In particular ψγa (2) ≤ ε2 (1 + λ0 )/(1 − ε2 λ0 ) = 0.19087 · · · for any a ∈ I. Also, ψγ (1) = ε1 = 2 log 2 − 1 = 0.38629 · · · , ψγ (2) = ε2 = 0.14018 · · · , and ψγ (n) ≤ ε2 λn−2 , n ≥ 3. 0 The doubly inﬁnite sequence (¯ ) ∈Z of extended incomplete quotients is a ψ-mixing under the extended Gauss measure γ and its ψ-mixing coeﬃcients ¯ are equal to the corresponding ψ-mixing coeﬃcients under γ of (an )n∈N+ . Remark. From Theorem 2.3.5 we can also obtain a formula expressing the ψ-mixing coeﬃcients ψγ (n), n ≥ 2, in terms of the eigenvalues λj and functions ψj , j ≥ 2, as ψγ (n + 1) = (log 2) sup (a + 1)(b + 1)

a,b∈I j≥2

λn−1 ψj (a) ψj (b) , j

n ∈ N+ .

120

Chapter 2

It is not diﬃcult to check that the above formula yields ψγ (2) = ε2 . Otherwise it seems to be of little value. 2

2.4

2.4.1

**Extending Babenko’s and Wirsing’s work
**

The Mayer–Roepstorﬀ Hilbert space approach

In this subsection we describe the setting devised by Mayer and Roepstorﬀ (1987) for Babenko’s work which is thus simpliﬁed and extended. Proofs are in general not given, and for them the reader is referred to the original paper. Let m denote the measure on BR+ with density dm t = t , dt e −1 Note that m (R+ ) = t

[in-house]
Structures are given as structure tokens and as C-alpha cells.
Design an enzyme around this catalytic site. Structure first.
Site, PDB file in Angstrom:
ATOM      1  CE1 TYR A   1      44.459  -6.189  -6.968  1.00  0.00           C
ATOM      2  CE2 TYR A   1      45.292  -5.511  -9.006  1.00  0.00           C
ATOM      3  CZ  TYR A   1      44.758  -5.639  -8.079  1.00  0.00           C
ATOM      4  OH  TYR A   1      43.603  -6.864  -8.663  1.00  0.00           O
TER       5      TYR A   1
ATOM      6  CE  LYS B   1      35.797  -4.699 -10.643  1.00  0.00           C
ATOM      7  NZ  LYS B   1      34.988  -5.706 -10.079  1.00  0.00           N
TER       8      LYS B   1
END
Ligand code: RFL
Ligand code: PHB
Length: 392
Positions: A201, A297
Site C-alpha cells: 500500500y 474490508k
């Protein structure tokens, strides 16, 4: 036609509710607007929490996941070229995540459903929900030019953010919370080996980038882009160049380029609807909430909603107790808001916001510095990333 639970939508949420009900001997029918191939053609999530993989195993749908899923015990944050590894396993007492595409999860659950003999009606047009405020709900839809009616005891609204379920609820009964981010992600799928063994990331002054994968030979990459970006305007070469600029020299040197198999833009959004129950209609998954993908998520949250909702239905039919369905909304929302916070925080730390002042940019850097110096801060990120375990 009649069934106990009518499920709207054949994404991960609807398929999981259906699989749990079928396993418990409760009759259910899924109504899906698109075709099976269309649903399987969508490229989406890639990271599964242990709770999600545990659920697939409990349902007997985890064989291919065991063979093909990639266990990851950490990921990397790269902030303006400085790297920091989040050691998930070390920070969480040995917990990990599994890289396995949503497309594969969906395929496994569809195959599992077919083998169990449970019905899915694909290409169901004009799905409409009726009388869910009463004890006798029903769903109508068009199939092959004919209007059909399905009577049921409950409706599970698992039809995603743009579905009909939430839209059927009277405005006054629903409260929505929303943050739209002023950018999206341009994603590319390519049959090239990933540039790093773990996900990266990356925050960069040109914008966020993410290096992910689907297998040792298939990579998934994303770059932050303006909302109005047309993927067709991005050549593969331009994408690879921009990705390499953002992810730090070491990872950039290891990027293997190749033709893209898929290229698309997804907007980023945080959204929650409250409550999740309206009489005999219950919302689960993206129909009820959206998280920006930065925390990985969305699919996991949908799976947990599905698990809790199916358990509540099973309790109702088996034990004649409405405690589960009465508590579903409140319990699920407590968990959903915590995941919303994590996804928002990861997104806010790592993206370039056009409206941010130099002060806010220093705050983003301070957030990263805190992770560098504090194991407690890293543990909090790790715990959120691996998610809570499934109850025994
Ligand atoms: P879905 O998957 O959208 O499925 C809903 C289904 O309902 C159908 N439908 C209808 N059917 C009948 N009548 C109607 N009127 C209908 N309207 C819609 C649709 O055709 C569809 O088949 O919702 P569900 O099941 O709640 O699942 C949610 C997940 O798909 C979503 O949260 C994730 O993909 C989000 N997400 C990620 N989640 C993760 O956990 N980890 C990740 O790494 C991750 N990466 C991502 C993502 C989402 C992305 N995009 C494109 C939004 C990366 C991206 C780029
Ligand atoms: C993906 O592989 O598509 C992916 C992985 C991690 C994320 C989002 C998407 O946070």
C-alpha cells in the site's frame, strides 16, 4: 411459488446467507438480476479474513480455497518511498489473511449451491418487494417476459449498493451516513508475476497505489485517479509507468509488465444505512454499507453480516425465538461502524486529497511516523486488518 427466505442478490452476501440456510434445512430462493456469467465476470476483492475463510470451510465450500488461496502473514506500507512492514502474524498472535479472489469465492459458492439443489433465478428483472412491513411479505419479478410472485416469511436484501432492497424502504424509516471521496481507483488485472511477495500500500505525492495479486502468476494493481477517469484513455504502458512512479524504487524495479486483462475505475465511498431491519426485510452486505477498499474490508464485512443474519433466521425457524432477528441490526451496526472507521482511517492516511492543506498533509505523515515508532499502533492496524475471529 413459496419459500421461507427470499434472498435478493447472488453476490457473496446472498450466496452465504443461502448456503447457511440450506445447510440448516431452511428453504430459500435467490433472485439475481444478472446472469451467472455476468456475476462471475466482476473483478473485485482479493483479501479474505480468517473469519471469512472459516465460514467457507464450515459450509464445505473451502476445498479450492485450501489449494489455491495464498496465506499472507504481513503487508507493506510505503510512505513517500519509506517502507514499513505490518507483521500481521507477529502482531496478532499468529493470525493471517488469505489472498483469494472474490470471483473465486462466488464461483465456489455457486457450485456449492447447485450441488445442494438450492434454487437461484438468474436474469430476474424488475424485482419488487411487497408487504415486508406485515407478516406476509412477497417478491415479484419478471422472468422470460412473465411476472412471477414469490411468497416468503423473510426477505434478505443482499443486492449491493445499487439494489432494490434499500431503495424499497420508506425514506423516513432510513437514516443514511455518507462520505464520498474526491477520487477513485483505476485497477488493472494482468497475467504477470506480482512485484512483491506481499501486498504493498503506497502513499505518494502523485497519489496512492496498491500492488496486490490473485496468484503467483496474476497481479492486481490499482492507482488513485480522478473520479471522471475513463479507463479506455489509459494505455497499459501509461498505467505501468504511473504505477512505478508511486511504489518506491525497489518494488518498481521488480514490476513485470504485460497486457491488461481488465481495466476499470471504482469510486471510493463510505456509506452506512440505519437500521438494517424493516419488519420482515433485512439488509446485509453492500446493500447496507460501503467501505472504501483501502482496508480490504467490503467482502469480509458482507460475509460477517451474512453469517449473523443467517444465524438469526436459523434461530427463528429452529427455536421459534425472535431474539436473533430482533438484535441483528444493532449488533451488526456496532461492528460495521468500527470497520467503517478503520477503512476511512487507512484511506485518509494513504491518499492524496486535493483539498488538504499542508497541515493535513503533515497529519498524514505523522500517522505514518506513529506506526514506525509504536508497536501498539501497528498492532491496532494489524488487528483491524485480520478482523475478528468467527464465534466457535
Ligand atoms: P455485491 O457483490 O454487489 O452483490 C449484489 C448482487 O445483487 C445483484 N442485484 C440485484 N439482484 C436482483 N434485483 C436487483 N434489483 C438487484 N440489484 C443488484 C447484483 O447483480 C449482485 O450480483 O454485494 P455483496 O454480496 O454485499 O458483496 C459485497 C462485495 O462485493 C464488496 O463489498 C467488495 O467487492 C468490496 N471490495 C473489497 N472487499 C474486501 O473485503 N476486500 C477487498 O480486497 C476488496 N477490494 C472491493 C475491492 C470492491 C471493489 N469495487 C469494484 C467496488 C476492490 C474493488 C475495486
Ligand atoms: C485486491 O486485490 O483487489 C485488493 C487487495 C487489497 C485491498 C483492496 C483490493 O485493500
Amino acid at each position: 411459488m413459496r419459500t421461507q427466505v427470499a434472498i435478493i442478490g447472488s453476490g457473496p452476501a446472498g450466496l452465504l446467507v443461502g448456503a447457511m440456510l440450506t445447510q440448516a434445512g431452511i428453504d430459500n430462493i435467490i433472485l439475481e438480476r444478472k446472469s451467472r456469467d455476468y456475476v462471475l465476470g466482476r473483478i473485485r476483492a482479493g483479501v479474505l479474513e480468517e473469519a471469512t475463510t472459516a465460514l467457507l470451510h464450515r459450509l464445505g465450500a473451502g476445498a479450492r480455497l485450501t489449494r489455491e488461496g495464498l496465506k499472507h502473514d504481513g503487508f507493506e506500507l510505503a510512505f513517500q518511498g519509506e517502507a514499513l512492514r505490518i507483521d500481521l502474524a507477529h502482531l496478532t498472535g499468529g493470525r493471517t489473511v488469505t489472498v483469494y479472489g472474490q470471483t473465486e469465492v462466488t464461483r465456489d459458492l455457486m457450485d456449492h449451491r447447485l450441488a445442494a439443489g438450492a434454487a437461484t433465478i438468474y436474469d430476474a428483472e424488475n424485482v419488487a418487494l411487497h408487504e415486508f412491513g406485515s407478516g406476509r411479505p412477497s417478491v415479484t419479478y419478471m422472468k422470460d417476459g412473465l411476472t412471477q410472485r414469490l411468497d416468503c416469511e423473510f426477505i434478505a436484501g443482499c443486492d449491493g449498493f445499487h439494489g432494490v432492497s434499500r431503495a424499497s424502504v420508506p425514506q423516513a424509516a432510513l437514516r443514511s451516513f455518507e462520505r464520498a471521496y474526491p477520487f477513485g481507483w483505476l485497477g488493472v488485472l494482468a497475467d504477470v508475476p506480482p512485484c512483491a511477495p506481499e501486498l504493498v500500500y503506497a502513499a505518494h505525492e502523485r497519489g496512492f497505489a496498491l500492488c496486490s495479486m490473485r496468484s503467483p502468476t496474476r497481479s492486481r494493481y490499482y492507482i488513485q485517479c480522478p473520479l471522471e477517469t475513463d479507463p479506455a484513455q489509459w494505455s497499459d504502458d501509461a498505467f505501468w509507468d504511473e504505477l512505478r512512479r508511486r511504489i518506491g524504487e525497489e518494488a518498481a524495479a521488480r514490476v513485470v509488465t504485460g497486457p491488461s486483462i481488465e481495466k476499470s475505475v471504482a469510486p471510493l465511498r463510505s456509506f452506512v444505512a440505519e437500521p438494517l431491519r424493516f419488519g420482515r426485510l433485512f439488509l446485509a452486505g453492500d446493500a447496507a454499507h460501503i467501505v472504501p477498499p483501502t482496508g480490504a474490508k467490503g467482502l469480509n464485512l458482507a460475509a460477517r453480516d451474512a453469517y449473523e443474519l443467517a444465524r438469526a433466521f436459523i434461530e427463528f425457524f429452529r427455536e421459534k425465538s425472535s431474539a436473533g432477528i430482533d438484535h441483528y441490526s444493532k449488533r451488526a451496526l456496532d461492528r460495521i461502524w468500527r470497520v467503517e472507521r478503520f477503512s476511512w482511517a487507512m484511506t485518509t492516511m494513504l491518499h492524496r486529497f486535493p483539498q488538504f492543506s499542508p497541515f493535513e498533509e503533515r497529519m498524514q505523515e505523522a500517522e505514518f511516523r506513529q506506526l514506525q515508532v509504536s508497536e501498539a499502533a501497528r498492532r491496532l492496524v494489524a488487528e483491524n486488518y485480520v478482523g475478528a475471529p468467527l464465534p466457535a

R+ k∈N+

t ∈ R+ .

e−kt dt =

k∈N+

1 = ζ (2) . k2

Consider the Hilbert space L2 R+ , BR+ , m = L2 (R+ ) of m-square intem grable functions f : R+ → C with inner product (·, ·)m deﬁned by (ϕ, ψ)m = and norm ϕ

2,m

ϕψ ∗ dm,

R+

ϕ, ψ ∈ L2 (R+ ), m

=

R+

|ϕ|2 dm

1/2

,

ϕ ∈ L2 (R+ ). m

Let D denote the half-plane Re z > −1/2 and consider the measure ν on BD with density 1 1 1 if − < x < 0, y ∈ R, π 2 2 2 dν (x + 1) + y = dxdy 0 otherwise. Note that ν (D) = 1 π

0

dx

−1/2 R

dy = (x + 1)2 + y 2

0 −1/2

dx = log 2. x+1

Solving Gauss’ problem

121

**Consider the Hilbert space H 2 (ν) of functions f holomorphic in D such that (z + 1)−1 f (z) is bounded in every half-plane Re z > −1/2 + ε, ε > 0, and f
**

2,ν

=

D

|f |2 dν

1/2

< ∞,

**with inner product (·, ·)ν deﬁned by (f, g)ν = f g ∗ dν,
**

D 2,ν .

f, g ∈ H 2 (ν) .

**Thus H 2 (ν) is a Banach space under the norm · Let f denote the restriction of f ∈ U ∞f =
**

I

H 2 (ν)

to I. Then (2.4.1)

f dγ =

(f, 1)ν log 2 .

and f

2,γ

≤ f

2,ν

(2.4.2)

**Next, the linear mapping M : L2 (R+ ) → H 2 (ν) deﬁned by m M ϕ (z) = (z + 1)
**

R+

e−zt ϕ (t) m(dt),

ϕ ∈ L2 (R+ ) , z ∈ D, m

is an isometry and the image under M of L2 (R+ ) is H 2 (ν). m The Perron–Frobenius operator U takes H 2 (ν) into itself. Obviously, for f ∈ H 2 (ν) we deﬁne U f by U f (z) =

i∈N+

Pi (z) f

1 z+i

,

z ∈ D.

The mapping K : ϕ → Kϕ, where Kϕ (s) = √ ϕ (t) J1 2 st √ m (dt) , st R+ ϕ ∈ L2 (R+ ) , s ∈ R+ , m